The president boasted his administration would use ‘every tool available’ to secure abortion access. So why is his order so lacking?

Probably the most enthusiastic assessment that an abortion rights advocate can make for President Biden’s executive order that aims to “protect access to reproductive health services” is that it’s better than nothing. That’s because the order, signed by Biden in a brief ceremony at the White House on Friday as vice-president Harris and secretary of Health and Human Services Xavier Becerra looked on, has been spoken of by the White House in only the vaguest terms. The order consists of a series of directives aimed at HHS and the justice department, but these directives are imprecisely worded. They create few obligations for these agencies; they appear designed not to ruffle any feathers. It’s unclear what, precisely, the order will mean for abortion access, and specifically what actions those agencies will now be required to take.

The executive order calls for expanded access to abortion medication in states where abortion has not been outlawed; it doesn’t say whether this will include eliminating the current, medically unnecessary restrictions on the drugs or making them available over the counter, as abortion rights advocates have called for. It asks HHS to make “updates to current guidelines”, for emergency medical care, in an effort to reduce deaths in pregnant women whose doctors refuse to intervene in medical crises for fear of harming a fetus and incurring liability; it does not call for HHS to solidify these guidelines into a rule that would more forcefully protect women’s lives.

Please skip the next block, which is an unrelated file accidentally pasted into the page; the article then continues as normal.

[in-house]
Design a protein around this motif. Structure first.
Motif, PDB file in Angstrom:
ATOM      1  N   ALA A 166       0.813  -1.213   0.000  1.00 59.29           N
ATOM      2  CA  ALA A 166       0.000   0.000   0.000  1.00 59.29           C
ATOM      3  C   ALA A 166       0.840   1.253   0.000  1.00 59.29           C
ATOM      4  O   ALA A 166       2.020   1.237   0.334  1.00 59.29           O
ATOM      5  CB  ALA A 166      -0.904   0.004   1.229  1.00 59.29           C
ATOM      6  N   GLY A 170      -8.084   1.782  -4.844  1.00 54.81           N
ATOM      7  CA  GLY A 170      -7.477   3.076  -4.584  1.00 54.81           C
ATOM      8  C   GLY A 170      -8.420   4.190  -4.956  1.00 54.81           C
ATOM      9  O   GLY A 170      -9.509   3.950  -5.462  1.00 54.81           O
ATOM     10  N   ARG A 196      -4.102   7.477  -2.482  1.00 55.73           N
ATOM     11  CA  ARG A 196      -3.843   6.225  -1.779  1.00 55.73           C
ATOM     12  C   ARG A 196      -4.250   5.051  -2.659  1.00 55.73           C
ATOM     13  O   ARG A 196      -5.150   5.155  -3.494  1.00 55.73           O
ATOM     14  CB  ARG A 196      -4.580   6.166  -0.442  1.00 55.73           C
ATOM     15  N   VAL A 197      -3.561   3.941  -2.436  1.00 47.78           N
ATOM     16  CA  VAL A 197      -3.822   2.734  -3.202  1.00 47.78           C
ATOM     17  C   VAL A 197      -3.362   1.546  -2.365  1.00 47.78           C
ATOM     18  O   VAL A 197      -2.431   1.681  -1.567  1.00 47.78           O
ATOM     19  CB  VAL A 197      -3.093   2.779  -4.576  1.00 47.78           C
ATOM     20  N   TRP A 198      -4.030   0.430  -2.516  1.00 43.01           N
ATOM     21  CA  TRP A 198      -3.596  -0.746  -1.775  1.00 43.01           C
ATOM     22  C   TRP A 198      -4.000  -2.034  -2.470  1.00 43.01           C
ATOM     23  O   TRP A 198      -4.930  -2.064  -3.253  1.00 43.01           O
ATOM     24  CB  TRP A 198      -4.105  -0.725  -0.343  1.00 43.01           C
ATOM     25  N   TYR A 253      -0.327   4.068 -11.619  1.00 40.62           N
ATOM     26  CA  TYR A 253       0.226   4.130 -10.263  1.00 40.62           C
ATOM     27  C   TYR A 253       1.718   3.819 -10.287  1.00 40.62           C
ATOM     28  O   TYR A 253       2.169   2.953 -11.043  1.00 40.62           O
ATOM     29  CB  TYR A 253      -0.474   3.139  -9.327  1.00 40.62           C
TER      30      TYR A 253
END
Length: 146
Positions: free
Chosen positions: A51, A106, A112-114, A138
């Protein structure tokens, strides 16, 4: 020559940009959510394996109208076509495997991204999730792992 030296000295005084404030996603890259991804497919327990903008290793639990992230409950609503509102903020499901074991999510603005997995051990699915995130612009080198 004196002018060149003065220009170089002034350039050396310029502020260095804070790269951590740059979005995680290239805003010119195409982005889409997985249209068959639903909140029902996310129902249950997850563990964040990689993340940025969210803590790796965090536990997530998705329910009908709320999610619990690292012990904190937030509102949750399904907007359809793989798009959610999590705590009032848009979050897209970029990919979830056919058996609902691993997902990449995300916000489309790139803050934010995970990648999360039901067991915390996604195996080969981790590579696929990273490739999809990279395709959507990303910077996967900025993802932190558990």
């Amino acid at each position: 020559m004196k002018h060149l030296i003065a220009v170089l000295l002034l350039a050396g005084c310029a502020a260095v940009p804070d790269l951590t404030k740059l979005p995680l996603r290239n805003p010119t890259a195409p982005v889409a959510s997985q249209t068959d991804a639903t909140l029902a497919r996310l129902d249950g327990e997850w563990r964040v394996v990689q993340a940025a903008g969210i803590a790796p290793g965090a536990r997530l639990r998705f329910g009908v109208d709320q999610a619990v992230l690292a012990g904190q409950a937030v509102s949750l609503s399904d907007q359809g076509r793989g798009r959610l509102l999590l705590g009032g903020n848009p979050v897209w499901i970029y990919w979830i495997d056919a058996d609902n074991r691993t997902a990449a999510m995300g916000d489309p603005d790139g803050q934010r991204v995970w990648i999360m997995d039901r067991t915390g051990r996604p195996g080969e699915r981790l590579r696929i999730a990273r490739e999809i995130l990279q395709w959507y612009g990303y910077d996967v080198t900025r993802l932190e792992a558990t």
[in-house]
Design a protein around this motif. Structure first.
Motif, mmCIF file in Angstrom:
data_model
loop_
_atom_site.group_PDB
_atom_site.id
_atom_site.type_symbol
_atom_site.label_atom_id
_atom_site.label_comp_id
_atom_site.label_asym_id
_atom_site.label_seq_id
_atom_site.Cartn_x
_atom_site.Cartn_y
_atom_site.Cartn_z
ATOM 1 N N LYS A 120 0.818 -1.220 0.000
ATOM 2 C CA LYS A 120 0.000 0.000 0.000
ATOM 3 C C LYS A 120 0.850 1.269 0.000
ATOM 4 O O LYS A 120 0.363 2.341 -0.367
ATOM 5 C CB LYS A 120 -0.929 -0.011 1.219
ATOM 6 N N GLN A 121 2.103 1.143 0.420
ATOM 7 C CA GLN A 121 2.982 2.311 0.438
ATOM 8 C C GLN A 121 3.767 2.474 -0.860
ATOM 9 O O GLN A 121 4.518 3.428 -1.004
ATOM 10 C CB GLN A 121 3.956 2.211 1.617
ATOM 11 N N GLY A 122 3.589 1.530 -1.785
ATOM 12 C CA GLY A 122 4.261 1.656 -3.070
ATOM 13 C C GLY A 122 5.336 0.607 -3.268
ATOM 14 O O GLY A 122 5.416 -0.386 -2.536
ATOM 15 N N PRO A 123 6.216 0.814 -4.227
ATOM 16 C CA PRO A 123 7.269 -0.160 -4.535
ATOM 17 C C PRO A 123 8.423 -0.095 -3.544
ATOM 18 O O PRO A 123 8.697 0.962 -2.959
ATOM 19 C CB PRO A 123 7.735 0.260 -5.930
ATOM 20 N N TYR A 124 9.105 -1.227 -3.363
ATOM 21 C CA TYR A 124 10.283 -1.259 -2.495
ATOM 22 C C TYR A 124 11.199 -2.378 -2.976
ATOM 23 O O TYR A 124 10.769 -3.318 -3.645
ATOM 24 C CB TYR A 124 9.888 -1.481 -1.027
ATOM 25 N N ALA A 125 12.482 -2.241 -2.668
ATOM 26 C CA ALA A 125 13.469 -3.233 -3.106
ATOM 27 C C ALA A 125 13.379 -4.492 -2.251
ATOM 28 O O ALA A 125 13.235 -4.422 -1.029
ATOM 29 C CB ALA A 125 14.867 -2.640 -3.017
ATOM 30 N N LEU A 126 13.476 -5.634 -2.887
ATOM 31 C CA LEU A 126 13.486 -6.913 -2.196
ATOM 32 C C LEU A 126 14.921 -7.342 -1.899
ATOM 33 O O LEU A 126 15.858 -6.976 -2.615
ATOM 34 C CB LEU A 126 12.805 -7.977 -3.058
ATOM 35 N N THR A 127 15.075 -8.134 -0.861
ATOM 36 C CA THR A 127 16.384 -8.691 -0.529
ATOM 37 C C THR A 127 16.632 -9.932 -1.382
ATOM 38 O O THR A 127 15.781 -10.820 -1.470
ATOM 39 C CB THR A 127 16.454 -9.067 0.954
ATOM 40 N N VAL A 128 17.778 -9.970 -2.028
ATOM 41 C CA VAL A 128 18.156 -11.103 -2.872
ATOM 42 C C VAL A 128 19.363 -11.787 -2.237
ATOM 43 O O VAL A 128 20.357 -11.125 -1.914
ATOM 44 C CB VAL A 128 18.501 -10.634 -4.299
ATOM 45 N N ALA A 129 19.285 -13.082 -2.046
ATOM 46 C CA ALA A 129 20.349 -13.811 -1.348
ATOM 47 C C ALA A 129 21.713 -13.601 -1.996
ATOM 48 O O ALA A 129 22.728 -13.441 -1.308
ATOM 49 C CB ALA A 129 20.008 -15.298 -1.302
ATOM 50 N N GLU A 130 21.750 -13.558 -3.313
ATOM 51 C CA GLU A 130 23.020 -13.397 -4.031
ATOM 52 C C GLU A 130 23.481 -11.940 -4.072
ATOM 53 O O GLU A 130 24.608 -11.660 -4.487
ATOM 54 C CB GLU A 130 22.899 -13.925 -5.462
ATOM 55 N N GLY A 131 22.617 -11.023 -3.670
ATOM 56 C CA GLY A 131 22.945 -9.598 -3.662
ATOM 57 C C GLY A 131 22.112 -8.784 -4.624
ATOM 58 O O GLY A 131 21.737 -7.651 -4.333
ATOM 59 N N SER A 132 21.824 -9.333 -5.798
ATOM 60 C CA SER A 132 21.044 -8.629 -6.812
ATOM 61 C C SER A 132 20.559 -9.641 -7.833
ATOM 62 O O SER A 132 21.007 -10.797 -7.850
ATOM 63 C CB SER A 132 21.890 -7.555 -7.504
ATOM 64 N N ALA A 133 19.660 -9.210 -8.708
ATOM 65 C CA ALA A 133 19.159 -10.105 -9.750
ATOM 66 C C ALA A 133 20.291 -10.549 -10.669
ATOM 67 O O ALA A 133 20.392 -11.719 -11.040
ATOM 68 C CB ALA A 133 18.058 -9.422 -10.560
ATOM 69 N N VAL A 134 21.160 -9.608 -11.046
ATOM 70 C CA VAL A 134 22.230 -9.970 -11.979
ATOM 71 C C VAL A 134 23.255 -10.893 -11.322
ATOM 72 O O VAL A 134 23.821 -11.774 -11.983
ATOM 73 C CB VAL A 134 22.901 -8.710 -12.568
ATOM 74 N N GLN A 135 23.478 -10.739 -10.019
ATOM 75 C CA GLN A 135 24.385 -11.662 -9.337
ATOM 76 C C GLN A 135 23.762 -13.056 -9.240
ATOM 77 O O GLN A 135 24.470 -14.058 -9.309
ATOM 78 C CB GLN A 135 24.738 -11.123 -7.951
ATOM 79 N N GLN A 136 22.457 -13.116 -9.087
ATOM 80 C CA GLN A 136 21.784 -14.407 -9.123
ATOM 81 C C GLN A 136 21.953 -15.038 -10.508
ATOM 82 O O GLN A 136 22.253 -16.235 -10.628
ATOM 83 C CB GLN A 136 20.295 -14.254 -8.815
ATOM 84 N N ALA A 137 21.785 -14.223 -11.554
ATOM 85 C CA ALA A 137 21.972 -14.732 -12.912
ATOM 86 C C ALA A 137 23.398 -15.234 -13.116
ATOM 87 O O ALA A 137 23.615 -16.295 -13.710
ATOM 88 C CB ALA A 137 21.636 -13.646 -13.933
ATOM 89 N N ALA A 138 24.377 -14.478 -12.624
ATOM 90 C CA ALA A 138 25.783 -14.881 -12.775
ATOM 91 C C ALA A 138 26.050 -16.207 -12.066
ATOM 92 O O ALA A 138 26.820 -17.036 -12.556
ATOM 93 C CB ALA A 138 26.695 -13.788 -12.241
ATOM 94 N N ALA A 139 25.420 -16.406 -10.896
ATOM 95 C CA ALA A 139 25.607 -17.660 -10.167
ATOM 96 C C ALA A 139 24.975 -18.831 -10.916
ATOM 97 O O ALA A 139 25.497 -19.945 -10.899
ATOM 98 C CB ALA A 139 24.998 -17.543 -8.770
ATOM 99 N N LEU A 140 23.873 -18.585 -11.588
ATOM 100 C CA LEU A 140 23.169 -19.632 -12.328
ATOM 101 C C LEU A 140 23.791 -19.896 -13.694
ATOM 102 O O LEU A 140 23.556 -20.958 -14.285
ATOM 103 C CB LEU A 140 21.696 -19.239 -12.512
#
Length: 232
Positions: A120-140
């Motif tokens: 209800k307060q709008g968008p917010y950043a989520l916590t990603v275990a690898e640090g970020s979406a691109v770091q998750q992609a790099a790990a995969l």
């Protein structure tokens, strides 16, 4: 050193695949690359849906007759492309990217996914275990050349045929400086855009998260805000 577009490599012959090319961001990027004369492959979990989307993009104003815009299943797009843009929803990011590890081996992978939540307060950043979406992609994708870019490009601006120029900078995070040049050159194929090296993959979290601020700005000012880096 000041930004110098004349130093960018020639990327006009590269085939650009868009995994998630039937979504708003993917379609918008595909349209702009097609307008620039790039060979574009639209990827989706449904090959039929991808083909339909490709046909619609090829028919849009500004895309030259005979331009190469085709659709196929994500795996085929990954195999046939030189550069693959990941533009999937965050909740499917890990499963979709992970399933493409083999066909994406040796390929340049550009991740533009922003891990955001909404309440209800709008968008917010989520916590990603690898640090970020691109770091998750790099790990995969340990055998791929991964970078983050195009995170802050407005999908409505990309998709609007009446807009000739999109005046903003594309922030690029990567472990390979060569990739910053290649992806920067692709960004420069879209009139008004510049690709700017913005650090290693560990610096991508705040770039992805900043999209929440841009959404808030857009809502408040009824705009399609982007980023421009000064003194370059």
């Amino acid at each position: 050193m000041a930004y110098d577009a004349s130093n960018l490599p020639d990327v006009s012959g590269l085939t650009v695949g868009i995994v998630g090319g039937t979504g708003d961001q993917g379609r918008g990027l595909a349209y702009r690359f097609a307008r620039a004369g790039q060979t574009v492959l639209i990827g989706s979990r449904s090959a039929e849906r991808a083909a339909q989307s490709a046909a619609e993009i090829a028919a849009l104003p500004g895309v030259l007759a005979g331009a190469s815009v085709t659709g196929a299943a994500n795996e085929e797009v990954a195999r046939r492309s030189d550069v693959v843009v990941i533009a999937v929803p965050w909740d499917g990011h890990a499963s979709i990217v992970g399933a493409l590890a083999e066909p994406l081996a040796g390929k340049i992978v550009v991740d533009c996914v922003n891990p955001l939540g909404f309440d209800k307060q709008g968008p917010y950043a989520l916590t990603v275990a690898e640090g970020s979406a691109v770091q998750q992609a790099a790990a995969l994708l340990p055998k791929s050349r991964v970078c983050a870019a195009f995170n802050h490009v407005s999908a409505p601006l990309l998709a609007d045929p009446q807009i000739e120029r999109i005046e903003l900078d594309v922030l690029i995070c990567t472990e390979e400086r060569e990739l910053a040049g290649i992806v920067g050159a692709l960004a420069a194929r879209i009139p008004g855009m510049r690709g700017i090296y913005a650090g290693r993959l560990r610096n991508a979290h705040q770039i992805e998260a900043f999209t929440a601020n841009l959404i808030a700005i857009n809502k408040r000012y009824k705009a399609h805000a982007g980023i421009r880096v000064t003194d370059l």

Moira Donegan is a Guardian US columnist

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